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Iowa Mail carrier saves woman from freezing



The wind chilled below 0–5 degrees when Linda Houlton fell while trying to get her mail, and for the next 19 minutes she struggled in vain to get up and out of the cold. No one stopped to help until Chris Meyer pulled into a mail truck. That was not his usual path. “We had a carrier that went that day, so I had a part of his route that I don’t normally do,” Meyer said. Security video from the house shows him lifting Houlton off the ground, carrying her into the house and, on the label, reclaiming a letter she dropped in the fall. “If it were my mother or my grandmother, I would want someone to help her, and no one would be there to help her,” Meyer said. Houlton said she didn’t know exactly how long she had struggled alone until Meyer gave her time. The timestamp on the security camera confirms it was 19 minutes. “It got to the point where I couldn’t cry,” she said. “It was so cold that he stopped and picked me up, even letting me stand. And I was still stumbling from the cold.” Despite falling and going through the cold, Houlton had no lasting injuries. “I won’t go out and check the mail in the winter anymore,” she giggled. The family became serious when they noticed Meyer’s actions. Wen Boatwright, Houlton’s son-in-law, found out what happened by watching security video. “Tears welled up. It was a relief,” he said. “A kind Samaritan stopped and helped my mother. Saved her life. We need more people like him out there.” The family hopes Meyer will be nationally recognized for the rescue. But until then, they’re letting him know how they feel. “Thank you, thank you, thank you,” Houlton said. “You are a very good Samaritan.”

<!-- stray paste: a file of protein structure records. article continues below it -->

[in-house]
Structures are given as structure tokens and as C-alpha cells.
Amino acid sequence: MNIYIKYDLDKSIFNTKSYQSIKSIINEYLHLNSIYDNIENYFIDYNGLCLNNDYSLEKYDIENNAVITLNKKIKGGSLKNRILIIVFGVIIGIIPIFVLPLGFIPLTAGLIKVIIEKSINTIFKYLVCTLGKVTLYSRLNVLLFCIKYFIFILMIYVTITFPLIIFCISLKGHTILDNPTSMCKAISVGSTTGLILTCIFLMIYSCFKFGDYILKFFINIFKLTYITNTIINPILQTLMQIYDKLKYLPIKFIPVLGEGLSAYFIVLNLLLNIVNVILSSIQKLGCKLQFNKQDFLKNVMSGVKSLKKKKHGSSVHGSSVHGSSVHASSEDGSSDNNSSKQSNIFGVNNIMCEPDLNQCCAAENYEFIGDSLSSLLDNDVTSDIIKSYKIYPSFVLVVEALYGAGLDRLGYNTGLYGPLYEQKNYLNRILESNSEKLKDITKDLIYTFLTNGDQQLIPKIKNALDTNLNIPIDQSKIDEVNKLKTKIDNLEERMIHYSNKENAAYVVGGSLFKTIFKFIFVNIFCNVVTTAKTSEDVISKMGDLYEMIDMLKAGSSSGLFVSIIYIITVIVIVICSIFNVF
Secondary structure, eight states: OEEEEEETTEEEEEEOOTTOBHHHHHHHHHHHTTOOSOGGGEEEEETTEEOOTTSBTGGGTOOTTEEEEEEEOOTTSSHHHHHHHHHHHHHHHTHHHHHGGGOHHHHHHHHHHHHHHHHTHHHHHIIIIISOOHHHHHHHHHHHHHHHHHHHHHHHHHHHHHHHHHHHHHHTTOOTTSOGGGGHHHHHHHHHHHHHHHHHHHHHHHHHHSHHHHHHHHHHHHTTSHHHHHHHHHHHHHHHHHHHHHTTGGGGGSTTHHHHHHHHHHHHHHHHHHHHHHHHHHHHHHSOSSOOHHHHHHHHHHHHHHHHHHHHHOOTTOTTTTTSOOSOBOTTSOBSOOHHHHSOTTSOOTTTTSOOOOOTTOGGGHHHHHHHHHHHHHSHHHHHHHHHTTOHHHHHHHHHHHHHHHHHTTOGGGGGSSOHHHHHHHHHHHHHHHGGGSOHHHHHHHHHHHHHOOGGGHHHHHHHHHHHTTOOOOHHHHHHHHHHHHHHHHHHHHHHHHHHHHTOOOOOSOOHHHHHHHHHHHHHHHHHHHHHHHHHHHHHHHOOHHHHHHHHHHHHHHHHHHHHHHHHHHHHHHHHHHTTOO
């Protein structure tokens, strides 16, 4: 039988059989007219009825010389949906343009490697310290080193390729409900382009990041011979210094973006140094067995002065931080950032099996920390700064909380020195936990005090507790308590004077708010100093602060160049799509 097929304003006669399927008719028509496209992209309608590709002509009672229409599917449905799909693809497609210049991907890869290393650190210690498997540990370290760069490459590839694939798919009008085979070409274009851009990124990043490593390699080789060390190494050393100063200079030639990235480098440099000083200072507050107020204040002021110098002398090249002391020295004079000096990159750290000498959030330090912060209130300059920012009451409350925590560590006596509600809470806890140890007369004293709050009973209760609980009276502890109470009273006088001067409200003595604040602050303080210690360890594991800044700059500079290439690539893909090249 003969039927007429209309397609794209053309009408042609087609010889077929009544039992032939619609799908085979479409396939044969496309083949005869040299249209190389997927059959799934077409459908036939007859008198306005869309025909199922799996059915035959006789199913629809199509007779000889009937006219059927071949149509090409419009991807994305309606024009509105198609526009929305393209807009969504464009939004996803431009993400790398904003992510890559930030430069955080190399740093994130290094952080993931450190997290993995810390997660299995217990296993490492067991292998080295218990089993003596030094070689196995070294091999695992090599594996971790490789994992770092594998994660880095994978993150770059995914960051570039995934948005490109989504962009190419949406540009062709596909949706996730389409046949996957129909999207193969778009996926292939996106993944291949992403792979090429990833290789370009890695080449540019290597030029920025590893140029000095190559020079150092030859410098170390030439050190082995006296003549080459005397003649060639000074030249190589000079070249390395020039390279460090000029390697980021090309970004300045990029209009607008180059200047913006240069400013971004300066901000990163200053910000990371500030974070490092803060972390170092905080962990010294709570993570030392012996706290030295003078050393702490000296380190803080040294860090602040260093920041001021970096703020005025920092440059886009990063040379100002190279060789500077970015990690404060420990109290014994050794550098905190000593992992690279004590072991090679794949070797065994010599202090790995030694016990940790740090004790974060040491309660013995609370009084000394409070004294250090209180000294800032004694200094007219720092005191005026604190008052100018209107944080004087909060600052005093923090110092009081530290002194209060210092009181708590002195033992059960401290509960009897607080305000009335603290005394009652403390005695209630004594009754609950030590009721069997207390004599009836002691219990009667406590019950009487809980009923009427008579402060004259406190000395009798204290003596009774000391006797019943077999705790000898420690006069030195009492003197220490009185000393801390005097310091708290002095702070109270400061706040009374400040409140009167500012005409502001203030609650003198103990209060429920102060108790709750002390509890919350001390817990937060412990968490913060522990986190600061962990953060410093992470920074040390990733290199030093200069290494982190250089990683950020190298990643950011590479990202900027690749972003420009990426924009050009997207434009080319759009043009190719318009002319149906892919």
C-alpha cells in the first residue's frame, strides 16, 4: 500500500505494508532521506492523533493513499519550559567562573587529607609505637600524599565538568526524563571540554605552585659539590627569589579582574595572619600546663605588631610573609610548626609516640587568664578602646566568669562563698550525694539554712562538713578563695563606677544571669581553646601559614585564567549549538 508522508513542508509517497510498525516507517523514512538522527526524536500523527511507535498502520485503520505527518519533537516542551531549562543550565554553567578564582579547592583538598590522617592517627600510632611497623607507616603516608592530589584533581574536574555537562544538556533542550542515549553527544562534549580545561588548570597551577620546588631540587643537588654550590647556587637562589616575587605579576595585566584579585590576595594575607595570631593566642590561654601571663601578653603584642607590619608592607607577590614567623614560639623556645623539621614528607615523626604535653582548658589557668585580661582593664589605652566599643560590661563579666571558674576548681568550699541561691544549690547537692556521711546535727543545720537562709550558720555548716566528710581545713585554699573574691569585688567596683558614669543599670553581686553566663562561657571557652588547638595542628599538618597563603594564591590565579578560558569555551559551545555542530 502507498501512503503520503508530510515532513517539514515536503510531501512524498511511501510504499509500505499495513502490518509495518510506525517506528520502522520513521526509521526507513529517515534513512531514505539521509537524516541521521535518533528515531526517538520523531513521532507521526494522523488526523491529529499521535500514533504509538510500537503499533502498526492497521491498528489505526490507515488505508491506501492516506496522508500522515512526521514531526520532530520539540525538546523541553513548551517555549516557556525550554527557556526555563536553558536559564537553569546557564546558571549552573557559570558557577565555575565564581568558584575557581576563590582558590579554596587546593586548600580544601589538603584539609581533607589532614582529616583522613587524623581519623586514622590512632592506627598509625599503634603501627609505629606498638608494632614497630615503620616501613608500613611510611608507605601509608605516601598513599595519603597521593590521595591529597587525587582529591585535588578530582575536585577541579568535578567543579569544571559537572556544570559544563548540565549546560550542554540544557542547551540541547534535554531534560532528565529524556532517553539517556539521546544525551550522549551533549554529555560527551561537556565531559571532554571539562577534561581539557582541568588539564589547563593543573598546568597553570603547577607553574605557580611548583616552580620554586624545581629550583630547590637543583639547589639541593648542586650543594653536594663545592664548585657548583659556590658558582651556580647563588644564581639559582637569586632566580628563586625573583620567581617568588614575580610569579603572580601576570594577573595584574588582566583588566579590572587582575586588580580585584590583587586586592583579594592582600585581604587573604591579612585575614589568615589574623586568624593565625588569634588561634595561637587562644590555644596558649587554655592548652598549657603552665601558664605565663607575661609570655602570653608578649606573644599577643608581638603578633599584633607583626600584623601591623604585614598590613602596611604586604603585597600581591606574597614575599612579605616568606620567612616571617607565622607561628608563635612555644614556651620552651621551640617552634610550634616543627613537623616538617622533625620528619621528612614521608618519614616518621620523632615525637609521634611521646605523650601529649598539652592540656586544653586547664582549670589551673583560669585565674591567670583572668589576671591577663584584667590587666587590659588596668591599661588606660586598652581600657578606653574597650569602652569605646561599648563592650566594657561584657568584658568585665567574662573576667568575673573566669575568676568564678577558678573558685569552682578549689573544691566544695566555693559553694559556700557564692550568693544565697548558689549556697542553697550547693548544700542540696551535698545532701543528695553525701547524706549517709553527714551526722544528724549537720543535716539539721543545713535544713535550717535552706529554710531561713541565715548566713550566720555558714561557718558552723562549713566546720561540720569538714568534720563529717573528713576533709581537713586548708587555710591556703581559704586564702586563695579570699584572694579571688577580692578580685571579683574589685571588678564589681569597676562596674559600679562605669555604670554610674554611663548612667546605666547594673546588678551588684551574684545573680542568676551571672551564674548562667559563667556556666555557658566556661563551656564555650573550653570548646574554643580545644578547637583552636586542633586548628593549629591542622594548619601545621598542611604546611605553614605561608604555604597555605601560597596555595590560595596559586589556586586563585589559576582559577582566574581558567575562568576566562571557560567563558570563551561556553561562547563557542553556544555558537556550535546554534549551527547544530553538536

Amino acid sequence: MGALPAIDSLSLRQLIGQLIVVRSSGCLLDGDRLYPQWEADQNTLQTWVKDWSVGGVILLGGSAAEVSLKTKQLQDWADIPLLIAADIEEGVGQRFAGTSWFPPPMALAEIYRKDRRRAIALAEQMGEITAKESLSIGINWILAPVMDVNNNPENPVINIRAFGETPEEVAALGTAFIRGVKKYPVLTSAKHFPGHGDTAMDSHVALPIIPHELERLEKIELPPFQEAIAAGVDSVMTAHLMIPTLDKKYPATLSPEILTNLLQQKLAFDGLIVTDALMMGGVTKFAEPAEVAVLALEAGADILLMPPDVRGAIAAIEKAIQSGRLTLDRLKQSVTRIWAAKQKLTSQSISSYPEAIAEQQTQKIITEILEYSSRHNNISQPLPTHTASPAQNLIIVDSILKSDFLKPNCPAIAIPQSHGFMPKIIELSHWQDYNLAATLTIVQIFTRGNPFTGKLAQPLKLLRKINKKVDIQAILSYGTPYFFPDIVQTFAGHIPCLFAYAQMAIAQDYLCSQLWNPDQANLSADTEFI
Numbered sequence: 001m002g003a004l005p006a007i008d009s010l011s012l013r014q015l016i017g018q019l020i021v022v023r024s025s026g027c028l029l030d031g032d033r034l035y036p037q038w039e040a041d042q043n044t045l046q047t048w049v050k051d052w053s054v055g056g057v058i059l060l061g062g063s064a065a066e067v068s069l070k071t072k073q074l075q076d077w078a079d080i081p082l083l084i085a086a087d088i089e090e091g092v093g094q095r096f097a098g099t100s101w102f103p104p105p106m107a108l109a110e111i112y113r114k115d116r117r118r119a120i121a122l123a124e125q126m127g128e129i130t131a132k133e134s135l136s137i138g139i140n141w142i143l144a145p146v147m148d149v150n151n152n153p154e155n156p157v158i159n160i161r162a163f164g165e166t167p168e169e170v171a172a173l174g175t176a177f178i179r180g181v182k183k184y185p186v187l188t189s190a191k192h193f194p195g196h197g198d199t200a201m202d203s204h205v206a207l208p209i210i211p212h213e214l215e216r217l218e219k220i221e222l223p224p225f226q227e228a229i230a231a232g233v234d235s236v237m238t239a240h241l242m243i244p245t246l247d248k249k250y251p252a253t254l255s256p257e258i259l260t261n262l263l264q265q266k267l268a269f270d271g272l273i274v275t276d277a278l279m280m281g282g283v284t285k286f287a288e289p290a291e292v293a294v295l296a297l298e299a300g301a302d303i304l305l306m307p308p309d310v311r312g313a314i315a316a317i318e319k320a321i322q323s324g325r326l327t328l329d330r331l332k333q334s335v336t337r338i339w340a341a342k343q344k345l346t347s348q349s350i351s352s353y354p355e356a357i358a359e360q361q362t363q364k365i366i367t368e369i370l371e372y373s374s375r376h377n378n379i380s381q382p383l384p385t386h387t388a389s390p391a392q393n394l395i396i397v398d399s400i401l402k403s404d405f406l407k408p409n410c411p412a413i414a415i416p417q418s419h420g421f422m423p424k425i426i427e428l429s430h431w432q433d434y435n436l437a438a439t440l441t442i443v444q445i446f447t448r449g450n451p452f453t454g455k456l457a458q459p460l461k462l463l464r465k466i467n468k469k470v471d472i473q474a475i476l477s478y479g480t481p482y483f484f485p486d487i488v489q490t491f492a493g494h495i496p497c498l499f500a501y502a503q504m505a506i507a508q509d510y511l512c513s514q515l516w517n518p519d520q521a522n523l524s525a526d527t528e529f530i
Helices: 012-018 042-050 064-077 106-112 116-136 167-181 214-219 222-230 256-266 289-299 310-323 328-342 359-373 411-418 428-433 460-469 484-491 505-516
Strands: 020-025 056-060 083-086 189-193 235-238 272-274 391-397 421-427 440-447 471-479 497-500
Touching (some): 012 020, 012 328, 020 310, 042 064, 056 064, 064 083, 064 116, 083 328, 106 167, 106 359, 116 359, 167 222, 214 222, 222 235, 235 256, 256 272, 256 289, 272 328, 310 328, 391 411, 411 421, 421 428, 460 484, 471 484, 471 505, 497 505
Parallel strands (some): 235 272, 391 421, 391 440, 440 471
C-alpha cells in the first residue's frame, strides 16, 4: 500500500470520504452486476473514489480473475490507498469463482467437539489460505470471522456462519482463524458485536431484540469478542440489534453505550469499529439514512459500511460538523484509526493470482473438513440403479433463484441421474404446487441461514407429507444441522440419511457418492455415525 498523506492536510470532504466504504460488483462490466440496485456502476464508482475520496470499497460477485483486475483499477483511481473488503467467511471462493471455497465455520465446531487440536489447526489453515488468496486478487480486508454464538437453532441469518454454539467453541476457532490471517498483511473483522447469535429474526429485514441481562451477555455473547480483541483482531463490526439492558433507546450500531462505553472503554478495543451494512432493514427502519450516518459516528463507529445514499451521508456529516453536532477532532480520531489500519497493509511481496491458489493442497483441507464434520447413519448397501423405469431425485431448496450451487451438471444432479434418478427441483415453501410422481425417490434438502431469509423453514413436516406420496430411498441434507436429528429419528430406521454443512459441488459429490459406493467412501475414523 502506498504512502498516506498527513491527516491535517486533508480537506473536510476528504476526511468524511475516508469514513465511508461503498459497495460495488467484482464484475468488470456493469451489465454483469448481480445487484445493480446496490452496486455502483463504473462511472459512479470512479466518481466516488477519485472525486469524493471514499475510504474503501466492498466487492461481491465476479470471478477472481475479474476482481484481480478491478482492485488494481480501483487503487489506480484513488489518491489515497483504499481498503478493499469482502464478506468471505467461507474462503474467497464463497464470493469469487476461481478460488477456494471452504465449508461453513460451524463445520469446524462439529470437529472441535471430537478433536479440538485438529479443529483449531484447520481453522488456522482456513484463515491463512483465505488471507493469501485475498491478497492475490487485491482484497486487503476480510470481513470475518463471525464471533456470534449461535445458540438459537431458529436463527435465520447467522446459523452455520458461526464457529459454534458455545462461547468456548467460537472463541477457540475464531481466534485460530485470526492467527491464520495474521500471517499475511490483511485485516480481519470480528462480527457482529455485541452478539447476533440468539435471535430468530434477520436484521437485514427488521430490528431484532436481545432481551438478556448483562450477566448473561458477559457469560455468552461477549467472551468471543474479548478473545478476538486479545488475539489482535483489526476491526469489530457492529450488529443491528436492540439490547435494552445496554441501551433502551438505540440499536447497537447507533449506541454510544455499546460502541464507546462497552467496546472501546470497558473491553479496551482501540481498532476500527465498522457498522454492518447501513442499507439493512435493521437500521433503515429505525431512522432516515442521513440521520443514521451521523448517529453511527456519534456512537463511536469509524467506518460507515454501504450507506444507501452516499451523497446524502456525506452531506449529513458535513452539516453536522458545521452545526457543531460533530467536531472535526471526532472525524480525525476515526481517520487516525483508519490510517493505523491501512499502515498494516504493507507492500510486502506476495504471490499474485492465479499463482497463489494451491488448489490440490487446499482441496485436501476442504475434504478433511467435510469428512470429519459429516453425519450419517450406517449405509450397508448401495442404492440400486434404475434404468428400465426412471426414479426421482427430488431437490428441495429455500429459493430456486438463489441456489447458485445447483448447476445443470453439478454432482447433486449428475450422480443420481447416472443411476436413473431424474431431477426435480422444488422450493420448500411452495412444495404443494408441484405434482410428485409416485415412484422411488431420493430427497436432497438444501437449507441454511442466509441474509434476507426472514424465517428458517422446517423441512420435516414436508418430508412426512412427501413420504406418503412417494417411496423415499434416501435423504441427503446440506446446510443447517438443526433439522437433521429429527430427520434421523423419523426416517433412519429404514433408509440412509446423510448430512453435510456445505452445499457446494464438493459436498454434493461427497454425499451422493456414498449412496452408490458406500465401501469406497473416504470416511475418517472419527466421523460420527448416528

The wind chilled below zero when Linda Houlton fell while trying to get her mail, and for the next 19 minutes she struggled in vain to get up and out of the cold.

Although the house was located along busy Indianola Avenue, no one stopped to help until Chris Meyer boarded a mail van. That was not his usual path.

“We had a carrier that went that day, so I had a part of his route that I don’t normally do,” says Meyer.

Turns out it was a random quest.

Security video from the house shows him lifting Houlton off the ground, carrying her into the house and, on the label, reclaiming a letter she dropped in the fall.

“If it were my mother or my grandmother, I would want someone to help her, and no one would be there to help her,” Meyer said.

Houlton said she didn’t know exactly how long she had struggled alone until Meyer gave her time. The timestamp on the security camera confirms it was 19 minutes.

“It got to the point where I couldn’t cry,” she said. “It was so cold that he stopped and picked me up, even letting me stand. And I was still stumbling from the cold.”

Despite the fall and time in the cold, Houlton had no lasting injuries.

“I won’t go out and check the mail in the winter anymore,” she giggled.

The family became serious when they noticed Meyer’s actions.

Wen Boatwright, Houlton’s son-in-law, found out what happened by watching security video.

“Tears welled up. It was a relief,” he said. “A kind Samaritan stopped and helped my mother. Saved her life. We need more people like him out there.”

The family hopes Meyer will be nationally recognized for the rescue. But until then, they’re letting him know how they feel.

“Thank you, thank you, thank you,” Houlton said. “You are a very good Samaritan.”

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